DUDLEY DIX YACHT DESIGN
Radius chine steel schooner
Olde Worlde elegance
~ Sumptuous accommodation
Click on photos
|"Ancilla" was a 57ft double-ended timber motor yacht, built in the early 1930s. Very elegant for the time, the story is that she served as the ceremonial yacht of the Lord Mayor of London at one time. She had a small rig on her to serve as steadying sails and this was converted to a small gaff rig about 1980. She deteriorated to become almost derelict and was finally replaced by a new steel yacht, the "Ancilla II".
The above-water appearance of the hull of "Ancilla" in profile was retained because it was particularly pretty as drawn although the hull lost its shape over the years. I also attempted to pick up as much as possible of the image of "Ancilla" because that is what the owner fell in love with. At the same time I turned her into a boat which sails well.
"Ancilla I" from a 1930's magazine
|Although her appearance is very traditional, her interior is very modern in concept. This allows far better use of the available space than when "Ancilla I" was built. However, she must be fitted out in a traditional manner with traditional finishes and detailing to make a spectacular boat with good resale value.
The upper part of the accommodation is a deck saloon rather than a pilothouse. It has a social area aft and working area forward. The seating area aft has a hinged table to allow for its use as either a dining or lounging area. With the island seat included, it can seat 9 for dining with a view. To starboard is a wet bar. Forward is the helm position with the nav centre to port and oilskin locker to starboard. The helm has a swivel chair and a swing out stool is used at the nav centre. Completing this area is the staircase down to the accommodation below, a duplication of the one in "Ancilla I". In the sole and cabintop are access panels for removal of the twin engines from the engine rooms below.
Down below, there is a large and luxurious owners stateroom forward of the lazarette, with settee, dressing table, extensive lockers and its own heads with sitzbath. This is separated from the main accommodation by the engine rooms, one each side of the central corridor.
Forward of the engine rooms is the main saloon. It includes an eight-seater dinette and fully fitted galley. Allowed for in the gally equipment are twin sinks, top loading freezer, under counter fridge, microwave and 3 or 4-plate cooker with oven. There is plenty of counter space for preparing gourmet meals in a charter situation while the U-shape gives security to the cook with the ability to escape quickly in the event of a flare-up or spill.
Over the saloon and galley are two large skylight hatches. Each is in fact half of a traditional gabled skylight hatch, separated by a large deck storage box and oversized Dorade box to ventilate the saloon and forecabins.
Forward of the saloon are three double cabins, two with double berths and one with single V-berths. This area is served by two heads compartments, each with basin and shower. For those who do not like a wet-heads the one can be made into a shower and the other into a dry heads.
On deck, she has an outside steering position on top of the aft cabintop, with deck storage boxes as seats. Steering from this position is through a Whitlock mechanical system driving the skeg mounted partially balanced rudder. From the inside position she is steered with an hydraulic system.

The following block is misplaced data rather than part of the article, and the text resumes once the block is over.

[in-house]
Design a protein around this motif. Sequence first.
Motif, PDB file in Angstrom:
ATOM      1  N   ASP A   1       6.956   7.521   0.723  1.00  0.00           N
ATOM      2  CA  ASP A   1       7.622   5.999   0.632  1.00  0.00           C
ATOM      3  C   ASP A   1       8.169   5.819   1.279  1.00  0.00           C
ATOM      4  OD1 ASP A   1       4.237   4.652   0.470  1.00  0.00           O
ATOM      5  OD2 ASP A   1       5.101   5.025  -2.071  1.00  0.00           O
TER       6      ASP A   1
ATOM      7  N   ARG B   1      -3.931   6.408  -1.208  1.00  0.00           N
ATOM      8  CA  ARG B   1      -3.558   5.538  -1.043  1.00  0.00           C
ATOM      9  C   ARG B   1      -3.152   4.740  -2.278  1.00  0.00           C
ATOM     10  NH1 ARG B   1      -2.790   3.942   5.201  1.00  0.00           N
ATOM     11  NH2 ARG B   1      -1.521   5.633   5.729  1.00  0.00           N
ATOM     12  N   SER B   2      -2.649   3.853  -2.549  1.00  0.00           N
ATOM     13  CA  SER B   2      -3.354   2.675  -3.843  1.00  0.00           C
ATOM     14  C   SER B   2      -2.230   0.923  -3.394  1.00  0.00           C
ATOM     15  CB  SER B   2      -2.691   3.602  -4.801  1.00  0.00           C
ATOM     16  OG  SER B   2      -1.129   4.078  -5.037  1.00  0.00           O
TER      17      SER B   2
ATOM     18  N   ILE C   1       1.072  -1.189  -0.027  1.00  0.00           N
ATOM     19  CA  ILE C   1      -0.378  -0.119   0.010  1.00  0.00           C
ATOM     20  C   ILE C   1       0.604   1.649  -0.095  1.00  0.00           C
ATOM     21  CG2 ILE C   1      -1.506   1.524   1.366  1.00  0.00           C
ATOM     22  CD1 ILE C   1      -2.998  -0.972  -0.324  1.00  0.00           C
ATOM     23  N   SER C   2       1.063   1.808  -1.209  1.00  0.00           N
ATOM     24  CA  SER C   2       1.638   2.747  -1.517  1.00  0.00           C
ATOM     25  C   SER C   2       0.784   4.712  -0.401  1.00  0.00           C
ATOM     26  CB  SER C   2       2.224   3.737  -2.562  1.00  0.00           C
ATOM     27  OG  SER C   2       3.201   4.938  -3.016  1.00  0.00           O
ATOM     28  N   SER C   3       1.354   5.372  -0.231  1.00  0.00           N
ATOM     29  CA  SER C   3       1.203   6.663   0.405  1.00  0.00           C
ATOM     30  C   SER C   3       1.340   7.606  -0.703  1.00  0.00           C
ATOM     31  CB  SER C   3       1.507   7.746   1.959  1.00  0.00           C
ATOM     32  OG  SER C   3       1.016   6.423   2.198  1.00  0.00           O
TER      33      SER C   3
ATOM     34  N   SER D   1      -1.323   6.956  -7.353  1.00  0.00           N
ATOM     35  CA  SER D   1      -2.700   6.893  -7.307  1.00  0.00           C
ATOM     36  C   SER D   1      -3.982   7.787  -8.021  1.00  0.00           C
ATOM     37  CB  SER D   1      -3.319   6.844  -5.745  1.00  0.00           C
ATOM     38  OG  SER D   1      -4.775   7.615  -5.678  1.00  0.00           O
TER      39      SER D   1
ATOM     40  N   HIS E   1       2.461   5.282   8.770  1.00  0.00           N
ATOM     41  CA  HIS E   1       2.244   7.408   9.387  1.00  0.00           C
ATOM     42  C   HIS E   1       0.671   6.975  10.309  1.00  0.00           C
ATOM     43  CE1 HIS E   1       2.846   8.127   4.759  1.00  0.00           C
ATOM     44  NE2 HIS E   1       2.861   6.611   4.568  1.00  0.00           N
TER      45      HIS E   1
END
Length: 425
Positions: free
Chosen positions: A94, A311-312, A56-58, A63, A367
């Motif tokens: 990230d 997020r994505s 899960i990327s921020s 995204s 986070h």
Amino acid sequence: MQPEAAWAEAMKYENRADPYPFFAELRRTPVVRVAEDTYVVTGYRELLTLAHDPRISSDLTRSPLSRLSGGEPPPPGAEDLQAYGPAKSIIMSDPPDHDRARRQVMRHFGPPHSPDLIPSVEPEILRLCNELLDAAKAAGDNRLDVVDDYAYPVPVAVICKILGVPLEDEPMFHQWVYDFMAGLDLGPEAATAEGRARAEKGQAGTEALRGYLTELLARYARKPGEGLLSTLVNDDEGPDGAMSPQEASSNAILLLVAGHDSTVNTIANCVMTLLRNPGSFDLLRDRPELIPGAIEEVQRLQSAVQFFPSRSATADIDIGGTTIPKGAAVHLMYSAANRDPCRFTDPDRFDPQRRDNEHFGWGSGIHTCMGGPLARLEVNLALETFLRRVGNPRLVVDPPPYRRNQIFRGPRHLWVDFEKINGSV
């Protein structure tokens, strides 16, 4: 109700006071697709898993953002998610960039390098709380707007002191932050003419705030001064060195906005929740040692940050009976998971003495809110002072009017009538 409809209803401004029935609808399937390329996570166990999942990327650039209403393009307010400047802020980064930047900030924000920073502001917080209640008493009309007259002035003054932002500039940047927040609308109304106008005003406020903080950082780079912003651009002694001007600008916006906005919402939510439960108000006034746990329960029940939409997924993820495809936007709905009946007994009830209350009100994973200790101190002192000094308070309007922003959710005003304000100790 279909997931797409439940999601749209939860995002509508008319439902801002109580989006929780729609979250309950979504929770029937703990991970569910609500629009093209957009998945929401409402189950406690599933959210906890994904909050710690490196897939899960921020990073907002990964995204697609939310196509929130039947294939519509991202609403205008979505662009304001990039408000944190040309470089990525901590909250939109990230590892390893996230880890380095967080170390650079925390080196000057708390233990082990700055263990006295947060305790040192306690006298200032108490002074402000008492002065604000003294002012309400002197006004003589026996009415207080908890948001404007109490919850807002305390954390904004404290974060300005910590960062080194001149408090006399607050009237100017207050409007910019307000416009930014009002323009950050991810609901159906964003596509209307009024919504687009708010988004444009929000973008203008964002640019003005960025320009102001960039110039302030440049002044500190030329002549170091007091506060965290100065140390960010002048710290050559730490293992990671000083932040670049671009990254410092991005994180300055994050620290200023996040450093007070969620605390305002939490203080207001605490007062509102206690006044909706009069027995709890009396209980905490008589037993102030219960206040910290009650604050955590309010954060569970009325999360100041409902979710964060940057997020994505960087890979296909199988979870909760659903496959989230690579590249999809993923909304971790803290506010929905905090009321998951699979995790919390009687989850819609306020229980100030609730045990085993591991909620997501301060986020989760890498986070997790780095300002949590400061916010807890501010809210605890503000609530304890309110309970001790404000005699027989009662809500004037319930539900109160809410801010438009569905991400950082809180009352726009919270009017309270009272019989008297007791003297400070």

|The rig is proportioned to give reasonable performance. Topmasts have been dispensed with in the interests of simplicity. The rig has been made taller to compensate and will have improved light weather performance as a result. Working canvas would be the jib and staysail (both roller furled) along with main and foremain. For lighter beating conditions a light genoa, set flying, will replace the two headsails. Reaching will be with a genniker, main and foremain or the foremain can be replaced by a large gollywobler. Schooners don't like running but an effective rig would use the genniker poled out by the foreboom on one side and the gollywobler poled out by the mainboom on the other.
Construction of the hull is steel, with integral tankage for 1600 litres of fuel and 2000 litres of water as well as a bilge sump of 500 litres. The deck and cabintops are plywood with teak coverings, bonded and bolted to a welded
The hull is radiused chine in form, the first time that I have used this method for a double-ender. It has been successful, yielding a hull which will be easily driven for the displacement. Underwater, she has a long fin keel with separate skeg and rudder to improve manoeuvrability and windward performance.
"Ancilla II" is a design for those with tradition in their hearts, but combined with a modern underbody for improved performance and handling. She is a robust cruising boat which will turn heads wherever she goes, particularly when seen in the sunset.
|LOA 21.80m [71'6"]||LOD 18.30m [60'0"]||LWL 17.00m [55'9"]||Beam 5.20m [17'1"]|
|Draft 2.25m [7'4"]||Displacement 36000kg [79344lb]||Ballast 9500kg [20938lb]||Prismatic Coef 0,56|
|Block Coef 0,37||Area Waterplane 53.22sq.m [573sq.ft]||Immersion Rate 545kg/cm [3051lb/in]||Sail Area - Main 78.70sq.m [847sq.ft]|
|Sail Area - Foremain 59.40sq.m [639sq.ft]||Sail Area - Foretirangle 55.36sq.m [596sq.ft]||Sail Area - Gollywobler 101.90sq.m [1097sq.ft]||Powering 2x75hp|
Please note that our plan prices include for adding imperial measurements to our metric designs if needed by the buyer.
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This page was updated 14 April 2004
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